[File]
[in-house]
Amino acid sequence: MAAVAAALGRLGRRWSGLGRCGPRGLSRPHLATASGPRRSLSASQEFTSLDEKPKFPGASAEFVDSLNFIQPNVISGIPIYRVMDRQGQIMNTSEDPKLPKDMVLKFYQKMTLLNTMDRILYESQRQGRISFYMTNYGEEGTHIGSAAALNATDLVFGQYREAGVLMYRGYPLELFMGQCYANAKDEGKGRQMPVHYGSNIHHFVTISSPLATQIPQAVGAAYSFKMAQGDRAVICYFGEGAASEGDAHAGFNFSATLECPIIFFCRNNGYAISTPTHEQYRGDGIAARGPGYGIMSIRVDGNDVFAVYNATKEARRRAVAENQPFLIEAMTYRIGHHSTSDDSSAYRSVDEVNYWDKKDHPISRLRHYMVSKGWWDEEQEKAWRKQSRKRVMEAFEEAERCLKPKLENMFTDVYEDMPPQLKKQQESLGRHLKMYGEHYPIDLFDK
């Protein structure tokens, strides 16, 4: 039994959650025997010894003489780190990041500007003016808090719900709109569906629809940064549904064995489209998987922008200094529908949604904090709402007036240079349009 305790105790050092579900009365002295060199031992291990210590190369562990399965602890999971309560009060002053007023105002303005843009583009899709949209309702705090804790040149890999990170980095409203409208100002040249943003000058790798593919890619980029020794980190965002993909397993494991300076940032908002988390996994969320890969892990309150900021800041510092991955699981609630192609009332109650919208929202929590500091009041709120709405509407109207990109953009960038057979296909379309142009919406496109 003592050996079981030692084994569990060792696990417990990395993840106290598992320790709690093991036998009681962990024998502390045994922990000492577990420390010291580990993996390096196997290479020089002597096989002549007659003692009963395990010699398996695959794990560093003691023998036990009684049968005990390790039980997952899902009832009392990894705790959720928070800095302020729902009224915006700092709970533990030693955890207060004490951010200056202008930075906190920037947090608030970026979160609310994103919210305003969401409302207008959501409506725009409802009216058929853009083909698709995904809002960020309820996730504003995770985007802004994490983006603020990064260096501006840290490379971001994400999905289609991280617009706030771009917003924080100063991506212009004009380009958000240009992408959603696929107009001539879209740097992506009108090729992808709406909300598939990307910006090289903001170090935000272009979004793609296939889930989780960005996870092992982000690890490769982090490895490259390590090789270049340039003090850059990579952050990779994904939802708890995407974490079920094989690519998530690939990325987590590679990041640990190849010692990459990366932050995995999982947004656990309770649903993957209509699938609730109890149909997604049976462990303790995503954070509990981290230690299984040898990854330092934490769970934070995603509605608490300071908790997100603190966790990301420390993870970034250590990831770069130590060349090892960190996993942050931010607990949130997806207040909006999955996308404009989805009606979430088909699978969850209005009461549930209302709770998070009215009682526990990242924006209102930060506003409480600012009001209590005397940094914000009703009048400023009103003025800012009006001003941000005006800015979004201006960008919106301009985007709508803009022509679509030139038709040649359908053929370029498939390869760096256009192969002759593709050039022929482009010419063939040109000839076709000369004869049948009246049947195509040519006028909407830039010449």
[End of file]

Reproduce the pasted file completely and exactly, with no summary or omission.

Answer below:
[in-house]
Amino acid sequence: MAAVAAALGRLGRRWSGLGRCGPRGLSRPHLATASGPRRSLSASQEFTSLDEKPKFPGASAEFVDSLNFIQPNVISGIPIYRVMDRQGQIMNTSEDPKLPKDMVLKFYQKMTLLNTMDRILYESQRQGRISFYMTNYGEEGTHIGSAAALNATDLVFGQYREAGVLMYRGYPLELFMGQCYANAKDEGKGRQMPVHYGSNIHHFVTISSPLATQIPQAVGAAYSFKMAQGDRAVICYFGEGAASEGDAHAGFNFSATLECPIIFFCRNNGYAISTPTHEQYRGDGIAARGPGYGIMSIRVDGNDVFAVYNATKEARRRAVAENQPFLIEAMTYRIGHHSTSDDSSAYRSVDEVNYWDKKDHPISRLRHYMVSKGWWDEEQEKAWRKQSRKRVMEAFEEAERCLKPKLENMFTDVYEDMPPQLKKQQESLGRHLKMYGEHYPIDLFDK
């Protein structure tokens, strides 16, 4: 039994959650025997010894003489780190990041500007003016808090719900709109569906629809940064549904064995489209998987922008200094529908949604904090709402007036240079349009 305790105790050092579900009365002295060199031992291990210590190369562990399965602890999971309560009060002053007023105002303005843009583009899709949209309702705090804790040149890999990170980095409203409208100002040249943003000058790798593919890619980029020794980190965002993909397993494991300076940032908002988390996994969320890969892990309150900021800041510092991955699981609630192609009332109650919208929202929590500091009041709120709405509407109207990109953009960038057979296909379309142009919406496109 003592050996079981030692084994569990060792696990417990990395993840106290598992320790709690093991036998009681962990024998502390045994922990000492577990420390010291580990993996390096196997290479020089002597096989002549007659003692009963395990010699398996695959794990560093003691023998036990009684049968005990390790039980997952899902009832009392990894705790959720928070800095302020729902009224915006700092709970533990030693955890207060004490951010200056202008930075906190920037947090608030970026979160609310994103919210305003969401409302207008959501409506725009409802009216058929853009083909698709995904809002960020309820996730504003995770985007802004994490983006603020990064260096501006840290490379971001994400999905289609991280617009706030771009917003924080100063991506212009004009380009958000240009992408959603696929107009001539879209740097992506009108090729992808709406909300598939990307910006090289903001170090935000272009979004793609296939889930989780960005996870092992982000690890490769982090490895490259390590090789270049340039003090850059990579952050990779994904939802708890995407974490079920094989690519998530690939990325987590590679990041640990190849010692990459990366932050995995999982947004656990309770649903993957209509699938609730109890149909997604049976462990303790995503954070509990981290230690299984040898990854330092934490769970934070995603509605608490300071908790997100603190966790990301420390993870970034250590990831770069130590060349090892960190996993942050931010607990949130997806207040909006999955996308404009989805009606979430088909699978969850209005009461549930209302709770998070009215009682526990990242924006209102930060506003409480600012009001209590005397940094914000009703009048400023009103003025800012009006001003941000005006800015979004201006960008919106301009985007709508803009022509679509030139038709040649359908053929370029498939390869760096256009192969002759593709050039022929482009010419063939040109000839076709000369004869049948009246049947195509040519006028909407830039010449």